Non-unanimous juries: bad for justice, bad for society

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The research suggests that even more important than the chance for one, two, or three voters to block a conviction or acquittal is the ability for one, two, or three jurors to force a more complete discussion of more aspects of the case.

That is, it seems that letting the "lone juror" (or jurors) have veto power on the whole proceeding doesn't usually end in an 11-1 vote with a unanimous requirement, but instead often leads other jurors to question their earlier conclusions.

http://w3.uchastings.edu/plri/spr96tex/juryuna.html

(This grew out of a discussion with K about how drug laws, especially conspiracy, can be used to take down anyone, including the rare people like us who have not ever used illegal drugs... well, OK, I had alcohol before I was 21, but K didn't!)

One of the other points we discussed was the obvious pressure to point to someone else, regardless of truth, to get one's own sentence reduced. Some of my rants on the general topic...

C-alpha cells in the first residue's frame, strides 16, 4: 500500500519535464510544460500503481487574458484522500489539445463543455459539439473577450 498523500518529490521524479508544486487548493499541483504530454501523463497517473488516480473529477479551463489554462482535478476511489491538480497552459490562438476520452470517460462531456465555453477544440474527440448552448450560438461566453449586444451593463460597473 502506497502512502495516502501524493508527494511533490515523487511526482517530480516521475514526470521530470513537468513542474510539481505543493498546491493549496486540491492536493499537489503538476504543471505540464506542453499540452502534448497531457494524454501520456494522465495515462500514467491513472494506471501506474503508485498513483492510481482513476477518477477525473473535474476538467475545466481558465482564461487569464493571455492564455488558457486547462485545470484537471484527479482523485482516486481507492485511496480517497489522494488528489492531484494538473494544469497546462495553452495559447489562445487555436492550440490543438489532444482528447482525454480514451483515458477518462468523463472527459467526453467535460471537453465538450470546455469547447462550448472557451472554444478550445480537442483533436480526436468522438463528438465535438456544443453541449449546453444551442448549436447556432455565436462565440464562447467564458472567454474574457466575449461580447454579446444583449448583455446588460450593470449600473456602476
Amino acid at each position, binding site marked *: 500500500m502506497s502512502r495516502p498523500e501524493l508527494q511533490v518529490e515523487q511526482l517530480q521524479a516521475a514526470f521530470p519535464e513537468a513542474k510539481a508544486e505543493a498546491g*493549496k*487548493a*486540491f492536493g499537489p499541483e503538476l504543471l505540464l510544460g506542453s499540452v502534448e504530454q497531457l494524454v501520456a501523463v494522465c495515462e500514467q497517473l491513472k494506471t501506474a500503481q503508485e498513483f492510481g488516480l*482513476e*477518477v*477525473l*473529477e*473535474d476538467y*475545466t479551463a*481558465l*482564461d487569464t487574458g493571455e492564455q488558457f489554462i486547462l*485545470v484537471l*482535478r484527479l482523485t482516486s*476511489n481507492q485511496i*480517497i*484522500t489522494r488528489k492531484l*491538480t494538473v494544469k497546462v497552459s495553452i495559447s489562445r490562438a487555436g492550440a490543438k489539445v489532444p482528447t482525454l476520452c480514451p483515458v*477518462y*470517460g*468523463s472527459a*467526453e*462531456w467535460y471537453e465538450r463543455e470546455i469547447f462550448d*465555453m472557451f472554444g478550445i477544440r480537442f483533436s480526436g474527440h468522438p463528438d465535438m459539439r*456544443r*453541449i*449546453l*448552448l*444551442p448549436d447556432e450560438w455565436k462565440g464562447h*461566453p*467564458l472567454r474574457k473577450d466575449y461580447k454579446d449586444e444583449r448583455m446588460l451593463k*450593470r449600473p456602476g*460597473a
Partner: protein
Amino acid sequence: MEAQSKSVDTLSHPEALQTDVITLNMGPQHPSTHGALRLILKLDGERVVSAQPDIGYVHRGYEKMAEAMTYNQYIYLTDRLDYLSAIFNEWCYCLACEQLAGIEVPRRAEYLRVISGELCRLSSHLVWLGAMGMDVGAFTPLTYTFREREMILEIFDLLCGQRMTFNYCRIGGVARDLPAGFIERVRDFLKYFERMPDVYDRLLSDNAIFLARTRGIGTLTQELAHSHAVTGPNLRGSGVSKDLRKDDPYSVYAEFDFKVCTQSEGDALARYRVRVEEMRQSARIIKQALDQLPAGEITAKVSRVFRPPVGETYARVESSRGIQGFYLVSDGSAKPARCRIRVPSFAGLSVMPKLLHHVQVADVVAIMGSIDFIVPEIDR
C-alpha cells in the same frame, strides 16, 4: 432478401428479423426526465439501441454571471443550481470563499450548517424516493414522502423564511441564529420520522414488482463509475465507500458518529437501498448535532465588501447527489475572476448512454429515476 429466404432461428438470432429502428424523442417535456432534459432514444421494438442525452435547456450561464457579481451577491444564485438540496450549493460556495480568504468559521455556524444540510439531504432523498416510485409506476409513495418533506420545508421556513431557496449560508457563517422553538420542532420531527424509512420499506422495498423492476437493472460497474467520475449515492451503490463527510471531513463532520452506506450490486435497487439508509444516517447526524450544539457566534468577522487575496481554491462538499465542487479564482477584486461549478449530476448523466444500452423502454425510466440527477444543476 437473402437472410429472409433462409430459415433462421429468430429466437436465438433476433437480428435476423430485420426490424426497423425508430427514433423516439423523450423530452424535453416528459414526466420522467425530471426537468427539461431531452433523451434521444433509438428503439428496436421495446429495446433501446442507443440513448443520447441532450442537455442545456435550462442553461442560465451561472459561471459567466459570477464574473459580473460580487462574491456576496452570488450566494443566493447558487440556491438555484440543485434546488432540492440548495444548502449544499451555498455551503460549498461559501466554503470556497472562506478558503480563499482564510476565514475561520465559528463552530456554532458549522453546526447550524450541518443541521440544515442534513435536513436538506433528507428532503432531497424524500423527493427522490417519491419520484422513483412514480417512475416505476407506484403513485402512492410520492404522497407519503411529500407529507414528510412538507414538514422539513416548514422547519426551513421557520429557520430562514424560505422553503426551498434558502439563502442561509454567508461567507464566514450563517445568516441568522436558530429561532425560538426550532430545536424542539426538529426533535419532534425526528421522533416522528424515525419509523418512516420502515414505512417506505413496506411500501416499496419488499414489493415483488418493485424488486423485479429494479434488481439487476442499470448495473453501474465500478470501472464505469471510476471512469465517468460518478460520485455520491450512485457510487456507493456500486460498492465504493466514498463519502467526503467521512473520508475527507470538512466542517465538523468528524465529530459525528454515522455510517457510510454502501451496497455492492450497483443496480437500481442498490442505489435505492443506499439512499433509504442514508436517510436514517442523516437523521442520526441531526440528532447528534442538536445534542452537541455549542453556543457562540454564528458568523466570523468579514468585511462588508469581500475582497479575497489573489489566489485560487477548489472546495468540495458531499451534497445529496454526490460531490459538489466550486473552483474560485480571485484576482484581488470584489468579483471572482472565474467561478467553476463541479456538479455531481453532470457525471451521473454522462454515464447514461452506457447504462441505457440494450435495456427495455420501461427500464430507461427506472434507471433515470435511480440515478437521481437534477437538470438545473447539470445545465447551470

'and all of the drug laws basically built on the premise of prosecuting people not based on the harm they do to others, but arbitrary rules
which is why I'd love to see a major jury nullification campaign (easier in the states that still require a unanimous jury)
the pact is people against drug prohibition agree to serve on juries without trying to get out of service and refuse to vote guilty, and people accused of drug crimes go to a jury trial instead of plea bargaining
thus endeth the system with active participation from 40% of the population (it needs to be high because they can reject so many jurors, that's another huge problem with the system)
but I do think you can reach a pretty reliable juror nullification threshold before we can get the laws themselves changed
and like you say, even we who are in the extreme minority for never having done drugs, could very easily be convicted on current drug laws

and the complete arbitrariness and unfairness of the system is, as usual, highlighted in the racial and economic bias at every step from "enforcement" to punishment'